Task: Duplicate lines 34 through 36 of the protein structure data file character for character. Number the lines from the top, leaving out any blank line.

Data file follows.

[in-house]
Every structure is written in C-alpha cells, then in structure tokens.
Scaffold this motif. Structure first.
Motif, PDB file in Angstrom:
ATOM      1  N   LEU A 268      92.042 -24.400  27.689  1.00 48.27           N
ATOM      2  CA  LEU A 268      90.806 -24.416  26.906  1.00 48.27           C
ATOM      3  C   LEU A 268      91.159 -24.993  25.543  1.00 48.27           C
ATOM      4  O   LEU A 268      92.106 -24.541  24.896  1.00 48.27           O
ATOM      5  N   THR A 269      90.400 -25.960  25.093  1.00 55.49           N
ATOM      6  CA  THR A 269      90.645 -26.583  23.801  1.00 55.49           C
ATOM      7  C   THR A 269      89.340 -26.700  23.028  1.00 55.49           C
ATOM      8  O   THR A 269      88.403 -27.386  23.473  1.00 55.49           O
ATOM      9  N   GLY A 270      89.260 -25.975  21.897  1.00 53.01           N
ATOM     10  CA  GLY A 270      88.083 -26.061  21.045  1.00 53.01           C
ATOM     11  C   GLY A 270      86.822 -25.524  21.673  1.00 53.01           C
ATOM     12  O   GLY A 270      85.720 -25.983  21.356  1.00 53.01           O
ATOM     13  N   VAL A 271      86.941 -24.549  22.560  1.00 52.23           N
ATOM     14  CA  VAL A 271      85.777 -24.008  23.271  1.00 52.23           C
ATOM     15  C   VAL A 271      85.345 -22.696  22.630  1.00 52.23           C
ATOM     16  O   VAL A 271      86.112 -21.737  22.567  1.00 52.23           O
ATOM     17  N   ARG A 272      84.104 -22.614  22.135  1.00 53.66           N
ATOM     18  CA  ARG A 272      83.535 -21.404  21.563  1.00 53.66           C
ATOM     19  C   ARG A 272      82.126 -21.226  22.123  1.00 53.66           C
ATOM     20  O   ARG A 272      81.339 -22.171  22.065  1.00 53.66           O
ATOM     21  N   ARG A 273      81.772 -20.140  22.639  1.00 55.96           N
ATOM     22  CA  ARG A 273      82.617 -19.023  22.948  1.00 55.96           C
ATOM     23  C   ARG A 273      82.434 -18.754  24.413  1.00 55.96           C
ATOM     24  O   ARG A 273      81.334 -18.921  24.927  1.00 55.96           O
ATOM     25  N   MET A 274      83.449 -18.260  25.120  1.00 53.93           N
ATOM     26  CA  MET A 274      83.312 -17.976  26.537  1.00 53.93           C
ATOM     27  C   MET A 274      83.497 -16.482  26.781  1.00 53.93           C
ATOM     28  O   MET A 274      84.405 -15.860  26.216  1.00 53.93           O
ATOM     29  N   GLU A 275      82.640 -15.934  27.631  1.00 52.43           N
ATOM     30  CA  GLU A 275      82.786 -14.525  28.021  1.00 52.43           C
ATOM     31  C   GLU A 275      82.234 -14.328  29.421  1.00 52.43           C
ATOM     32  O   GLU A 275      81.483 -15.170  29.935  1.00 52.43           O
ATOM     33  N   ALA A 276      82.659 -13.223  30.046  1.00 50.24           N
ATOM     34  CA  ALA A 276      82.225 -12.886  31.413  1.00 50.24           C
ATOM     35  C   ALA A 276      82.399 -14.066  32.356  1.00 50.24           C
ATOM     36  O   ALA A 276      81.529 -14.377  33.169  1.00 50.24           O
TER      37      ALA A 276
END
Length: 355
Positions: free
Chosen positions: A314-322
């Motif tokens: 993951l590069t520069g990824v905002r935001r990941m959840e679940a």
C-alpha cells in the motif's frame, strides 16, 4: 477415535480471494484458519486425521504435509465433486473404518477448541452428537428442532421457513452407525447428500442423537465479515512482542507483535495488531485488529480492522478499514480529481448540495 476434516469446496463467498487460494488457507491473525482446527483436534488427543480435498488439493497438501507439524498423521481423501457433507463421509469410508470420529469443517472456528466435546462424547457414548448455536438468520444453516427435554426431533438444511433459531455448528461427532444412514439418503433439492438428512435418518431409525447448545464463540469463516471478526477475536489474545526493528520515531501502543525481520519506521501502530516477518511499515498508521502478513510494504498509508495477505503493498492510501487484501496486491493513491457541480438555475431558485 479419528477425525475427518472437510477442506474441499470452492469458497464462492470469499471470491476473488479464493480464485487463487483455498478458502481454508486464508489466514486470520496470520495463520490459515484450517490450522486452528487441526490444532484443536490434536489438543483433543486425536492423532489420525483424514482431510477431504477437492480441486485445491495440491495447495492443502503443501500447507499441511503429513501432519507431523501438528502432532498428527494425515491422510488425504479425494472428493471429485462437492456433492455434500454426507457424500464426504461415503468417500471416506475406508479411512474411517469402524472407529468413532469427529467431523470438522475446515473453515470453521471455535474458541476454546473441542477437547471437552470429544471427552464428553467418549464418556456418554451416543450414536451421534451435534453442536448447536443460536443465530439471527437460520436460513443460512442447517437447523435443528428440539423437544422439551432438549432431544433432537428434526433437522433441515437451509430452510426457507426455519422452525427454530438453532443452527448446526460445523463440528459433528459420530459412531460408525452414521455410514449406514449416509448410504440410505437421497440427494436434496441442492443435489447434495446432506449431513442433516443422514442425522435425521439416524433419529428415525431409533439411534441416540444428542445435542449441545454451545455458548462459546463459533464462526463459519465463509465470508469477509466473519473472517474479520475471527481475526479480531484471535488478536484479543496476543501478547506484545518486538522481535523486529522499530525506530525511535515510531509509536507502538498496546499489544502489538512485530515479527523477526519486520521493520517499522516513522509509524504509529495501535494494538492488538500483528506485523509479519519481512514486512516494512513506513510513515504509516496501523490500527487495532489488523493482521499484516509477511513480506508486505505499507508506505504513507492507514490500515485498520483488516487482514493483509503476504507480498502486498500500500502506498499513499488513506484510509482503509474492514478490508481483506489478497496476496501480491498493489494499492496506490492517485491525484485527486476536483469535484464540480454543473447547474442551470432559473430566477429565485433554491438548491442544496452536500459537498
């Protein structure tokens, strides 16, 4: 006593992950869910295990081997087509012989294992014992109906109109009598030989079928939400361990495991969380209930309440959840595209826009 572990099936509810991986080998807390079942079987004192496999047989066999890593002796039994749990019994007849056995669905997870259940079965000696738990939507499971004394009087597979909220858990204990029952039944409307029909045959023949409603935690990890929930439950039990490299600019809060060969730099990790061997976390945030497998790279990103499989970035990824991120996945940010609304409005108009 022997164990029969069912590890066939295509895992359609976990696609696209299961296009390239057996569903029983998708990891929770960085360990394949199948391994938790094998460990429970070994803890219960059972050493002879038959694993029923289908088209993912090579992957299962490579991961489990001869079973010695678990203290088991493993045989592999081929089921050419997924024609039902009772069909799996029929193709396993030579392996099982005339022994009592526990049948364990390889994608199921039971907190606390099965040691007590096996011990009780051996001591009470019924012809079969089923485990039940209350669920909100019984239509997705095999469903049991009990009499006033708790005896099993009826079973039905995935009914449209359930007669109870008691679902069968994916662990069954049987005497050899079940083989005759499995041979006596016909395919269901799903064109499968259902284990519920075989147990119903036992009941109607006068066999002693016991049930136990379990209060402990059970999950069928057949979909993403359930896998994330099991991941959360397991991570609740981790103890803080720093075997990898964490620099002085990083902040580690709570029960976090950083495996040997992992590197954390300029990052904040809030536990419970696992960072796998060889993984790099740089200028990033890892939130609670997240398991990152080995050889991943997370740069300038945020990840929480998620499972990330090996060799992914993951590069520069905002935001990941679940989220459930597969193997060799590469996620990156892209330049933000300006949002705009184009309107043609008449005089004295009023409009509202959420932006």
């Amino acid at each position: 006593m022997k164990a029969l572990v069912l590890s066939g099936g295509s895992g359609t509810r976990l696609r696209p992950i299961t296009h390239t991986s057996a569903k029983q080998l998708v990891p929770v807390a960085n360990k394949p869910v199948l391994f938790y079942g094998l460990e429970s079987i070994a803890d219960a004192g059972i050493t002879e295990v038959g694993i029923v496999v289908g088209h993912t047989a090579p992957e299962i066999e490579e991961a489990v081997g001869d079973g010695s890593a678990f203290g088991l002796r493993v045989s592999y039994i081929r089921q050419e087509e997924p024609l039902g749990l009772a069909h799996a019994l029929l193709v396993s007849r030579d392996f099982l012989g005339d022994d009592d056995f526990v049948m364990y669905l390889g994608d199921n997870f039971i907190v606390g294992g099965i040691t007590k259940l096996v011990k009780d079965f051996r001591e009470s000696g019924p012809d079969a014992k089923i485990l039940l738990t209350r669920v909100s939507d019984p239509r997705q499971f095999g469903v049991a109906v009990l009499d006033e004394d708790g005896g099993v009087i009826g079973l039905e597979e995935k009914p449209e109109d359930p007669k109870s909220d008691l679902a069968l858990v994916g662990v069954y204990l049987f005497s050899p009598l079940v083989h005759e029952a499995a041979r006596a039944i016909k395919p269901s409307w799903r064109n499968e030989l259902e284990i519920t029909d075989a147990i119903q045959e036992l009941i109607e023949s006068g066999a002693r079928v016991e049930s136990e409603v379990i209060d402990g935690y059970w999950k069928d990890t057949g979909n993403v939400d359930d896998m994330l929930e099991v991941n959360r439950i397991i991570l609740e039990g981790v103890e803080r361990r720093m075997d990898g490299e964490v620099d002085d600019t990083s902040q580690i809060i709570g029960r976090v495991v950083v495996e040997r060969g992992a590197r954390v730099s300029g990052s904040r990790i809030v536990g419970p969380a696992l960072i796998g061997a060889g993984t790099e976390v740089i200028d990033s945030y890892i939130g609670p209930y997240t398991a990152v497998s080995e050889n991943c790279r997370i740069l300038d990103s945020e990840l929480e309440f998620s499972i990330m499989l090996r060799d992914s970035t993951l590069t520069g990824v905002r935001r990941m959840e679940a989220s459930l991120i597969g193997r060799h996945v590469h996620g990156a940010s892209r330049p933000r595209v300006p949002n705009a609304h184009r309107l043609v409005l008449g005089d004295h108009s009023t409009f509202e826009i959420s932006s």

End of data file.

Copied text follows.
ATOM     30  CA  GLU A 275      82.786 -14.525  28.021  1.00 52.43           C
ATOM     31  C   GLU A 275      82.234 -14.328  29.421  1.00 52.43           C
ATOM     32  O   GLU A 275      81.483 -15.170  29.935  1.00 52.43           O